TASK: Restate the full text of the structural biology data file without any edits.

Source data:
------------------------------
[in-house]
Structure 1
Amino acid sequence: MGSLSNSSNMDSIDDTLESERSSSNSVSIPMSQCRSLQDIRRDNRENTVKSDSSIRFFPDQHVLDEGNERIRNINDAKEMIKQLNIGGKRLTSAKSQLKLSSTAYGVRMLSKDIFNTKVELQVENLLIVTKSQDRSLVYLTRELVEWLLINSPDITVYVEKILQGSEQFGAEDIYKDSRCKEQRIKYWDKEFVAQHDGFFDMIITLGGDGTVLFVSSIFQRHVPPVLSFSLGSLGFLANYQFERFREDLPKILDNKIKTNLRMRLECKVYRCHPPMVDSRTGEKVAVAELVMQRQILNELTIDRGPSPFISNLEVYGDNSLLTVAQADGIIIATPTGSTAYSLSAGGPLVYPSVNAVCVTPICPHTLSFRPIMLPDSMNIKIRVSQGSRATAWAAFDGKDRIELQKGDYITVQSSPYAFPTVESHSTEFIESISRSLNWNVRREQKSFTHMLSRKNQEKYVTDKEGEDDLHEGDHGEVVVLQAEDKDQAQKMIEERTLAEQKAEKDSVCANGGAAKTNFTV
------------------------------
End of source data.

[in-house]
Structure 1
Amino acid sequence: MGSLSNSSNMDSIDDTLESERSSSNSVSIPMSQCRSLQDIRRDNRENTVKSDSSIRFFPDQHVLDEGNERIRNINDAKEMIKQLNIGGKRLTSAKSQLKLSSTAYGVRMLSKDIFNTKVELQVENLLIVTKSQDRSLVYLTRELVEWLLINSPDITVYVEKILQGSEQFGAEDIYKDSRCKEQRIKYWDKEFVAQHDGFFDMIITLGGDGTVLFVSSIFQRHVPPVLSFSLGSLGFLANYQFERFREDLPKILDNKIKTNLRMRLECKVYRCHPPMVDSRTGEKVAVAELVMQRQILNELTIDRGPSPFISNLEVYGDNSLLTVAQADGIIIATPTGSTAYSLSAGGPLVYPSVNAVCVTPICPHTLSFRPIMLPDSMNIKIRVSQGSRATAWAAFDGKDRIELQKGDYITVQSSPYAFPTVESHSTEFIESISRSLNWNVRREQKSFTHMLSRKNQEKYVTDKEGEDDLHEGDHGEVVVLQAEDKDQAQKMIEERTLAEQKAEKDSVCANGGAAKTNFTV